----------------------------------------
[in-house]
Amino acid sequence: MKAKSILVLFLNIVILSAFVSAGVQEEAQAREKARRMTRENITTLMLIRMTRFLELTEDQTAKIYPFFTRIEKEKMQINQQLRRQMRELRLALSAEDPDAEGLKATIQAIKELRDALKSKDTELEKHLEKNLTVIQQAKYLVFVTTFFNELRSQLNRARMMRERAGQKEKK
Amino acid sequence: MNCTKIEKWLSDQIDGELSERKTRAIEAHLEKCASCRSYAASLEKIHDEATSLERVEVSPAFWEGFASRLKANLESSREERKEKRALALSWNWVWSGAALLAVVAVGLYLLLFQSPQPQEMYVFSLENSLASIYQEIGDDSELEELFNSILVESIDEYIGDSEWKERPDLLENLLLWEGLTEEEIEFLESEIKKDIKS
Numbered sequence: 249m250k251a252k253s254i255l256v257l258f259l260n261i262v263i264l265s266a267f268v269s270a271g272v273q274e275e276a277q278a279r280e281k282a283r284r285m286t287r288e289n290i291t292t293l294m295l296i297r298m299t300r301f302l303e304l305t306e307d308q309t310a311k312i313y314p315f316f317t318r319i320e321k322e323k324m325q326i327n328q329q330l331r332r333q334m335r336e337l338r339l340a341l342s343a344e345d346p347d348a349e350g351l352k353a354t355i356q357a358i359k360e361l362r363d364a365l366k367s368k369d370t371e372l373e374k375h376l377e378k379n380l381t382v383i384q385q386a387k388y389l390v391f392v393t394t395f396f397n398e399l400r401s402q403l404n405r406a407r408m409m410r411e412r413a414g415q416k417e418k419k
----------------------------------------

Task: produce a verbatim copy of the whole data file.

[in-house]
Amino acid sequence: MKAKSILVLFLNIVILSAFVSAGVQEEAQAREKARRMTRENITTLMLIRMTRFLELTEDQTAKIYPFFTRIEKEKMQINQQLRRQMRELRLALSAEDPDAEGLKATIQAIKELRDALKSKDTELEKHLEKNLTVIQQAKYLVFVTTFFNELRSQLNRARMMRERAGQKEKK
Amino acid sequence: MNCTKIEKWLSDQIDGELSERKTRAIEAHLEKCASCRSYAASLEKIHDEATSLERVEVSPAFWEGFASRLKANLESSREERKEKRALALSWNWVWSGAALLAVVAVGLYLLLFQSPQPQEMYVFSLENSLASIYQEIGDDSELEELFNSILVESIDEYIGDSEWKERPDLLENLLLWEGLTEEEIEFLESEIKKDIKS
Numbered sequence: 249m250k251a252k253s254i255l256v257l258f259l260n261i262v263i264l265s266a267f268v269s270a271g272v273q274e275e276a277q278a279r280e281k282a283r284r285m286t287r288e289n290i291t292t293l294m295l296i297r298m299t300r301f302l303e304l305t306e307d308q309t310a311k312i313y314p315f316f317t318r319i320e321k322e323k324m325q326i327n328q329q330l331r332r333q334m335r336e337l338r339l340a341l342s343a344e345d346p347d348a349e350g351l352k353a354t355i356q357a358i359k360e361l362r363d364a365l366k367s368k369d370t371e372l373e374k375h376l377e378k379n380l381t382v383i384q385q386a387k388y389l390v391f392v393t394t395f396f397n398e399l400r401s402q403l404n405r406a407r408m409m410r411e412r413a414g415q416k417e418k419k